The Oklahoma City Thunder have been ready to get this season under...
A Few MInutes With……
NEW YORK — And then there were just two.
The sudden firing of Notre Dame football coach Tyrone Willingham further reduced the number of Division I-A coaches of color.
Floyd Keith, the Executive Director of the Black Coaches Association, was kind enough to give me a few moments of his time during a very busy day.
Mr. Keith has been at the post since 2002, and has implemented a system of giving colleges and universities, that have openings at head coach, report cards along with biographical sketches of eligible Black coaches, as a way of raising awareness about the hiring practices.
The most recent grading system, covering the 2003 off-season and just released in mid-October, ironically gave 17 of the 28 institutions of higher learning (that were looking for new coaches) grades of A or B.
Cornell finished at the top of the class despite not hiring a coach of color, and seven other programs, including Mississippi State (which hired Sylvester Croom) also got A’s.
Apparently, from all indications, actually hiring coaches of color at top college football programs is not a priority on many college campuses today.
Perhaps it may be time for the CONSCIOUS African American athlete to step in.
Q: I know you made a statement earlier today, can I get your thoughts on the firing of Tyrone Willingham at Notre Dame
A: Well, first of all the Black Coaches Association is extremely disappointed in learning of Tyrone’s termination particularly during the third year of a five-year contract. In 2002 we really respected the appointment and decision that Father Molloy and Kevin White made, but we do have some concerns about the termination of his contract prior to its extent and we were looking at an individual of Tyrone’s stature and character and in light of the recent losses of coach Samuel (New Mexico State) and coach Fitz Hill from San Jose State respectively we see an alarming message that is sent to African Americans that are dreaming about coaching football on the collegiate level. The numbers are already paltry when it goes down from five to two – reducing it by almost sixty per cent – one has to put the magnifying glass and say well what direction is this going.
Q: What do these firings say to the number of African American football players at Division I programs. Chris Leak (sophomore quarterback from the University of Florida) made some comments a while back saying that this is something we, as athletes, have to consider
A: I think any social conscious parent and athlete –and I think it is going to become more prevalent – are going to have to ask the question if we continue not to demand that there be fair representation in the choices of coaches by African American athletes then the cycle is never going to change and one of the things that I think we’re proud about is that we have an instrument of accountability with the report card, helping families and parents that do look at diversity as a factor in the choice of their secondary education that they can weigh and measure that as part of a component to their decision and before it wasn’t there and I think now with our hiring report card it is, and I hope that this will awaken the consciousness of our Black athletes to be sensitive to this and to start saying listen we’ve got to seriously look at places and why should we play where we can’t coach.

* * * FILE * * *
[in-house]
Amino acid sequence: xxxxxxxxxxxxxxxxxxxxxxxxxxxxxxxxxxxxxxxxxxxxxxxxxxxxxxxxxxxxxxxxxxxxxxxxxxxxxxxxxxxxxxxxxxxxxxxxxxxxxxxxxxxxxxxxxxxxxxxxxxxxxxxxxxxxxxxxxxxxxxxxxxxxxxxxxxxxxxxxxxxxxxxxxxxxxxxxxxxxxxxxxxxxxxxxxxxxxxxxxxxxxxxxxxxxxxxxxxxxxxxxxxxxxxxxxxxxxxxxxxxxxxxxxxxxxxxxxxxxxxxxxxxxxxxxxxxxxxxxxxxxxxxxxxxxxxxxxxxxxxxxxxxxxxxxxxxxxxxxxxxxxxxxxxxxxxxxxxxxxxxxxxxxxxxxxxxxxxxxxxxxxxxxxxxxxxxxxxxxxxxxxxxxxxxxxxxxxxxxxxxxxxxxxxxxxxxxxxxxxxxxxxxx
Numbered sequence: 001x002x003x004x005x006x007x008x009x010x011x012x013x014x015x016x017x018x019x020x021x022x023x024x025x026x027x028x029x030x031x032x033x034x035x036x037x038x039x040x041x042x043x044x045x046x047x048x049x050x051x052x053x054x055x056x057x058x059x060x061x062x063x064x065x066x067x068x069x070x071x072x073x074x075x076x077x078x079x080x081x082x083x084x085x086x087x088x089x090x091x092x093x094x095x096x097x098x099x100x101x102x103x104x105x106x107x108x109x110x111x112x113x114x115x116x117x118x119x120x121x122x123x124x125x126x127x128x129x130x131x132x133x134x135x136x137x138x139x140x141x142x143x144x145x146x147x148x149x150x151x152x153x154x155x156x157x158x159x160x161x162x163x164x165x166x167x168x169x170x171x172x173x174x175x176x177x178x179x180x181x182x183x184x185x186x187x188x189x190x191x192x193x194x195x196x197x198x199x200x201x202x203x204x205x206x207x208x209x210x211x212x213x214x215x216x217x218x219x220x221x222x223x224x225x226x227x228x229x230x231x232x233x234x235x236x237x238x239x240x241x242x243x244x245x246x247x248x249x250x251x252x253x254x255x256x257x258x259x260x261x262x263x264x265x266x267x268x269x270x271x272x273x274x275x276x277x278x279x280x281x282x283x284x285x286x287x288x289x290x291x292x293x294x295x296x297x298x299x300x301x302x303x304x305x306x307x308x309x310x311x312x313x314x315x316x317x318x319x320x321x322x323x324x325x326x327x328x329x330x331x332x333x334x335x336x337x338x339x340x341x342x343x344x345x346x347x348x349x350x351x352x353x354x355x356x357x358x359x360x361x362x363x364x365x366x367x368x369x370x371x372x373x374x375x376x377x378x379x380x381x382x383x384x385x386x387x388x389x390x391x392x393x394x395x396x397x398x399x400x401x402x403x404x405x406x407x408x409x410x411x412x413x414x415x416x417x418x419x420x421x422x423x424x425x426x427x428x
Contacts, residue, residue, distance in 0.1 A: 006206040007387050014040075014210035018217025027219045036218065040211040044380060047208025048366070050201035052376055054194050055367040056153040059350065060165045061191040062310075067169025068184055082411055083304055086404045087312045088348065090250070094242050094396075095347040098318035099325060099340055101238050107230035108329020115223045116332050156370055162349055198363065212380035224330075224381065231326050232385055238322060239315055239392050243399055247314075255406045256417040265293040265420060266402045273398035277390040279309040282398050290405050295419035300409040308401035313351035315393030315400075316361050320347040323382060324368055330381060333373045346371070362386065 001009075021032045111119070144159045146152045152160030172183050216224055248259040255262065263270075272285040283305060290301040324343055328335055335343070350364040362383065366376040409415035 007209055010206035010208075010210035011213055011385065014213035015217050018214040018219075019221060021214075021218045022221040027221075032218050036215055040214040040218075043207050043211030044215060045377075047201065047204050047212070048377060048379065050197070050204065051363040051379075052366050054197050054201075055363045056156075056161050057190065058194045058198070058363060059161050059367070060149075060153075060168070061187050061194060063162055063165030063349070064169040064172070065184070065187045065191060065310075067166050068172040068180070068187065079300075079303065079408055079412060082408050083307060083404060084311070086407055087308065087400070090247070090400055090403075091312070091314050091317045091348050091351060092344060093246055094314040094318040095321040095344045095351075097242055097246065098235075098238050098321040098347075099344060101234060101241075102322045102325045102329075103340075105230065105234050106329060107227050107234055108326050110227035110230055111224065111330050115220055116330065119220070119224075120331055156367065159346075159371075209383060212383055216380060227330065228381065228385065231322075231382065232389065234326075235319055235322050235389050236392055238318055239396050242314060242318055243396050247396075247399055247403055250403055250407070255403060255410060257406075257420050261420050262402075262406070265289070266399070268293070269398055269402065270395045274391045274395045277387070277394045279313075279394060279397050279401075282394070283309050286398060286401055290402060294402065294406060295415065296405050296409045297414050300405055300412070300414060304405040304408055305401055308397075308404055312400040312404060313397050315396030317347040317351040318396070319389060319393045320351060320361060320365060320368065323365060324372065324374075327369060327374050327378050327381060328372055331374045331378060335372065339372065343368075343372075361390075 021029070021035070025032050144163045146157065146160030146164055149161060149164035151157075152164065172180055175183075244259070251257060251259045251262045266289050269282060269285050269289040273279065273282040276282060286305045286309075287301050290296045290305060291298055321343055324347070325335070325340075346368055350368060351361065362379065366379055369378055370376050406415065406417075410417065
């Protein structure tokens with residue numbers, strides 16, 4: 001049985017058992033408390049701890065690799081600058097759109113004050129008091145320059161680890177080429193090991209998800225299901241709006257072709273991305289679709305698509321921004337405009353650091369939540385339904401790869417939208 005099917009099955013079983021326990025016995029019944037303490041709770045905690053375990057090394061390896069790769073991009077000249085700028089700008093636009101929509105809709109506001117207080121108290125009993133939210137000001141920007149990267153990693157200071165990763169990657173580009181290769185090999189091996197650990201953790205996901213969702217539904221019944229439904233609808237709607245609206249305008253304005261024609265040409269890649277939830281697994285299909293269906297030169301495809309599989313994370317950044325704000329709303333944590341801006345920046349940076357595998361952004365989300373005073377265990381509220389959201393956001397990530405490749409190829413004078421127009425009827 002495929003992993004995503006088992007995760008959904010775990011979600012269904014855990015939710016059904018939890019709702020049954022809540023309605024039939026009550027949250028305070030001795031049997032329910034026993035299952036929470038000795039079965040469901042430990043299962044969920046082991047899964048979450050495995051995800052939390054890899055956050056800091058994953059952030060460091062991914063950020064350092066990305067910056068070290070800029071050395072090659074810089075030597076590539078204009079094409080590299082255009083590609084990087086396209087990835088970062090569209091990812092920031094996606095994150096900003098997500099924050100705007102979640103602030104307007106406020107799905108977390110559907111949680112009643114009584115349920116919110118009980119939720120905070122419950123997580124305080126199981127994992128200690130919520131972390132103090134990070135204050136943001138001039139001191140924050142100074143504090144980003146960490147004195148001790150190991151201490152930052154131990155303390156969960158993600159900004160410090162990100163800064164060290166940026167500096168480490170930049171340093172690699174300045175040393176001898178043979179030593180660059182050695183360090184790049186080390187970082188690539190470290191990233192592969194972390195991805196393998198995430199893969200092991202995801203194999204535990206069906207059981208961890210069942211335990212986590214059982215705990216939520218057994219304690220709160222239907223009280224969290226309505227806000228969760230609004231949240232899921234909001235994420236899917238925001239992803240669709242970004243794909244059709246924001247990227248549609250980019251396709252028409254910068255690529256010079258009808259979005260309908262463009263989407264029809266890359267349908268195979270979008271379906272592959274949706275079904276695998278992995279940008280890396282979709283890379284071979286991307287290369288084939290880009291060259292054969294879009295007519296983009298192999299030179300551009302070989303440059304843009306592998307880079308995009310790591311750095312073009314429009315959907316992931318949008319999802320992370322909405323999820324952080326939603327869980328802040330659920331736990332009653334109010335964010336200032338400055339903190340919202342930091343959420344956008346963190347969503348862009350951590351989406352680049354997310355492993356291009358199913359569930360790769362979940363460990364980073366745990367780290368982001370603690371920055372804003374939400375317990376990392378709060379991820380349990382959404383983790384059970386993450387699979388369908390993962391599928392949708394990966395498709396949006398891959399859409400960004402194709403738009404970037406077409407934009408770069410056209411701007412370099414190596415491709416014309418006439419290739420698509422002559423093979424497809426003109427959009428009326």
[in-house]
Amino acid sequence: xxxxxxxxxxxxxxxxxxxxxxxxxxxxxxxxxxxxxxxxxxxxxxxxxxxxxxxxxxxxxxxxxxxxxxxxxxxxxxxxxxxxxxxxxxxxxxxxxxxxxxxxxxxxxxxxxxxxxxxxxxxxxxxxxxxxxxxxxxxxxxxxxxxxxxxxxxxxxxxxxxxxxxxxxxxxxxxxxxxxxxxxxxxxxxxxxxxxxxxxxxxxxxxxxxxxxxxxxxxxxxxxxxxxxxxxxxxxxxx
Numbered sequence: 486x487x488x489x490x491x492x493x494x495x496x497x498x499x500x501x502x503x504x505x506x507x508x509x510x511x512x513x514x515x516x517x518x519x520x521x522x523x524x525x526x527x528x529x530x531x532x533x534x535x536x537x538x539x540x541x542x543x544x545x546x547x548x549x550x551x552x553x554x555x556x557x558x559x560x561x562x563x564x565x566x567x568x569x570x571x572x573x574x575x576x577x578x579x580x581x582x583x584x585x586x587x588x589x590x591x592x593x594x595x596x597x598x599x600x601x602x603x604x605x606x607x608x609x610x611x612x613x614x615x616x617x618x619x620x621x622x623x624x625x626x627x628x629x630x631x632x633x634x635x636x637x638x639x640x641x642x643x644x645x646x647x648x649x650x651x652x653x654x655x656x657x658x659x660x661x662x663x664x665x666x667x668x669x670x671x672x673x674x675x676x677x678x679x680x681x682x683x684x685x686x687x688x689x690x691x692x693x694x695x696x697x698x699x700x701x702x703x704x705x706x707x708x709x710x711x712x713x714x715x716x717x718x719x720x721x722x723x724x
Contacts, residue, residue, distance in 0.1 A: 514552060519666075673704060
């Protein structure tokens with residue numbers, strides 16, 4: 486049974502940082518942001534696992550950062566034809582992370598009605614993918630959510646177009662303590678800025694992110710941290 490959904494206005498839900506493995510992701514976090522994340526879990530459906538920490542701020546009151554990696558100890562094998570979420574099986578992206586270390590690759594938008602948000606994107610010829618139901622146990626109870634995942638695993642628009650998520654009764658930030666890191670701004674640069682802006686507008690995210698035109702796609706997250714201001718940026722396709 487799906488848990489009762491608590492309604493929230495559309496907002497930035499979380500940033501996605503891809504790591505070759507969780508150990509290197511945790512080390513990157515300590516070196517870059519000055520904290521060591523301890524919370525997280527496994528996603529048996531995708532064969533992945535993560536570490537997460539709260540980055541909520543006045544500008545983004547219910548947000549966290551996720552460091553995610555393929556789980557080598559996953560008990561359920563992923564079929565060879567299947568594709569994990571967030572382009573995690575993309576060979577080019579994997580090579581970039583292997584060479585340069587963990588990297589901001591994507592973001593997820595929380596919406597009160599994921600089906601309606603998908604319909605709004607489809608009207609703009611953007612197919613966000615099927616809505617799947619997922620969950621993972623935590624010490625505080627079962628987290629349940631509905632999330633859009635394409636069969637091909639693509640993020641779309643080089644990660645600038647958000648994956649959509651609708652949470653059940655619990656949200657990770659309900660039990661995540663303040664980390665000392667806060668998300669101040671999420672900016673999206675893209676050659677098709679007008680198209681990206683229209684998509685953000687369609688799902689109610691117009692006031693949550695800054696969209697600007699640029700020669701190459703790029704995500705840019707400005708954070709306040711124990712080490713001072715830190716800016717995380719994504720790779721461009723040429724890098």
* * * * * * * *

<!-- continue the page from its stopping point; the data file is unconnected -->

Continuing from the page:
Q: What’s next for the BCA. I know you’re not happy but…
A: We’re trying to deal with the entrance part of it; they get more of an opportunity to deal with that. The other issue about terminations becomes a double-edged sword. In this country, particularly on the collegiate level, (laughs) it’s not about education today unfortunately, it’s not about that it’s about wins and losses and then if you don’t win soon enough all the rules go by the way side. What we have to deal with is that we just want opportunities, we want to have opportunities to ride the horse, we’d like to be the jockey now if your horse is slow then that’s the luck of the draw or part of what you buy into, but we’d just like to have more opportunities to be out there so that if it comes to the point where a decision that has to be made then it is not as significant because you have more than one at an institution that has a chance to win.
Q: I know earlier you even spoke of some form of boycott
A: We’re going to look and see how many more people have opportunities to be employed, and if we can’t get that then we have to look and see what avenues we are going to use and we’ve never taken that off the table and we won’t. Legal action and what course and shape it takes is something that’s always in our discussions. We’re trying to do it the right way. We’re trying to open the doors the right way. We’re trying to work with universities and systems to be inclusive and if they come short of that then we’ve got to probably jack it up a notch, so we’re going to have to see where it goes.
Q: Do you think the NCAA is only giving the BCA lip service
A: See you got to take this back and say who is the NCAA. The NCAA is three different people. It is the athletes. The institutions and then there’s the executive branch of the NCAA that only does what the institutions tell them. Our deal is with the individual institutions. You can’t say NCAA in general, and the individual institutions are the reason why we have the report card.